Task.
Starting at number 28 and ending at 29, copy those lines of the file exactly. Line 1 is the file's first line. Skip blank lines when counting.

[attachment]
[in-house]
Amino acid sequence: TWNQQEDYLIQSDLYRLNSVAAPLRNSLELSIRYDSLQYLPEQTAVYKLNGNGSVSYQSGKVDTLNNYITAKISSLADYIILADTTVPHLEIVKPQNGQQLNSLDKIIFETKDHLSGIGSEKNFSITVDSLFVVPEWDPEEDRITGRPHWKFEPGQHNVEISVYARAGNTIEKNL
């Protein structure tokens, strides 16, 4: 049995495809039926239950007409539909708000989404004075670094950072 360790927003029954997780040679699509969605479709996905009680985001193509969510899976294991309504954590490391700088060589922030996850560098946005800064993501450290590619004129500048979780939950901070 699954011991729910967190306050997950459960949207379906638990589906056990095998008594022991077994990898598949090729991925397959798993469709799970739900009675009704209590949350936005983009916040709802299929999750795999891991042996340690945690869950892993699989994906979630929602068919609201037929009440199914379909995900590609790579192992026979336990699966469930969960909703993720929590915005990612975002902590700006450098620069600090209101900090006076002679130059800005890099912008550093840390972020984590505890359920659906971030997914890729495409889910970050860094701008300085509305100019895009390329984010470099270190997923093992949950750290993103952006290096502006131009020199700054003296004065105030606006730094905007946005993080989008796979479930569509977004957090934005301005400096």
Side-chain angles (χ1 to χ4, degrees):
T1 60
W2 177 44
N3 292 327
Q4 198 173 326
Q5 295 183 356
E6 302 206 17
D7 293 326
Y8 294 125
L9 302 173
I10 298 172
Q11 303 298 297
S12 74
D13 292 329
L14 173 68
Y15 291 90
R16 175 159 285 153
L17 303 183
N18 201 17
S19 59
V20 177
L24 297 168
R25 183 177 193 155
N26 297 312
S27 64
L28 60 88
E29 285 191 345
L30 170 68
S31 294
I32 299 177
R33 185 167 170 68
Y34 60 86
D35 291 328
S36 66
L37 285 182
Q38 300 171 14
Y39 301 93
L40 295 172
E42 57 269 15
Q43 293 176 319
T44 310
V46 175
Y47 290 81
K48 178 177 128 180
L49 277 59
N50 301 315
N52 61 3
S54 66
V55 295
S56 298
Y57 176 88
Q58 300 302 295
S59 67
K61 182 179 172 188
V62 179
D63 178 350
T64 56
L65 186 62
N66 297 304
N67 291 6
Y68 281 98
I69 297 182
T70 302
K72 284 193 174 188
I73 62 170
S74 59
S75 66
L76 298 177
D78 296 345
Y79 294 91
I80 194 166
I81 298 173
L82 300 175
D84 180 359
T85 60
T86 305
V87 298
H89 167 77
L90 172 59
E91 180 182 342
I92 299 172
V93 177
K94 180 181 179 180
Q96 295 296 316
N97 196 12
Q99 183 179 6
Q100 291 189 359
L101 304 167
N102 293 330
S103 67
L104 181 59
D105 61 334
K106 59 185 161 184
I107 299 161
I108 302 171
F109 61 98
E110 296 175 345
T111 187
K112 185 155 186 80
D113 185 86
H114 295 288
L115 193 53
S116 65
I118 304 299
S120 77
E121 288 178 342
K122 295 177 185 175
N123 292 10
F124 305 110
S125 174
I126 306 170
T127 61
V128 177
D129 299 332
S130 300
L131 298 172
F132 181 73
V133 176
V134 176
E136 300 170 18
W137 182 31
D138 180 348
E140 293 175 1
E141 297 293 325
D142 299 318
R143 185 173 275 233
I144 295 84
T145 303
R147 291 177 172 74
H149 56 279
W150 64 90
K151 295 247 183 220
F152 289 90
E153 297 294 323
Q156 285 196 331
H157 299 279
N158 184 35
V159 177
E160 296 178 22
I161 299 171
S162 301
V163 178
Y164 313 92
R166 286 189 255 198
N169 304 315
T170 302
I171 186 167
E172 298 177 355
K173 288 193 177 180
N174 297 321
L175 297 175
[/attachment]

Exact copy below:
S27 64
L28 60 88